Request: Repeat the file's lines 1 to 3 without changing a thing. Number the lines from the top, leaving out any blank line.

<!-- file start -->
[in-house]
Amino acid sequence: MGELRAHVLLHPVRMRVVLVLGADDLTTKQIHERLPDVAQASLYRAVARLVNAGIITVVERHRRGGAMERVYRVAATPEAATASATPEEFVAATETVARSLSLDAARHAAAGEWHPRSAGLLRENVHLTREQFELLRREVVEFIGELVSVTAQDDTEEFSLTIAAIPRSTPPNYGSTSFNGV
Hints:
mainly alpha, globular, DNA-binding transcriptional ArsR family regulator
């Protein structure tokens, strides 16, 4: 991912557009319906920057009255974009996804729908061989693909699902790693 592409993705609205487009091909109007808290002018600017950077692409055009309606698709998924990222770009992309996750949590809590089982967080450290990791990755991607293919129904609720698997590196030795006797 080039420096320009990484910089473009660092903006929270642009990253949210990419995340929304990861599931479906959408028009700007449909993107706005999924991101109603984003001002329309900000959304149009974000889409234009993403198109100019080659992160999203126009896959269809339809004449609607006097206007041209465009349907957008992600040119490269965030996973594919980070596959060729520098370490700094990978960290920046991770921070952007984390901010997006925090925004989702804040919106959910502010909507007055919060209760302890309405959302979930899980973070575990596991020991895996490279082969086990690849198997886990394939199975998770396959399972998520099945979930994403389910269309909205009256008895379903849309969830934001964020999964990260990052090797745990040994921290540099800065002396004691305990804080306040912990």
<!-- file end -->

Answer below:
[in-house]
Amino acid sequence: MGELRAHVLLHPVRMRVVLVLGADDLTTKQIHERLPDVAQASLYRAVARLVNAGIITVVERHRRGGAMERVYRVAATPEAATASATPEEFVAATETVARSLSLDAARHAAAGEWHPRSAGLLRENVHLTREQFELLRREVVEFIGELVSVTAQDDTEEFSLTIAAIPRSTPPNYGSTSFNGV
Hints: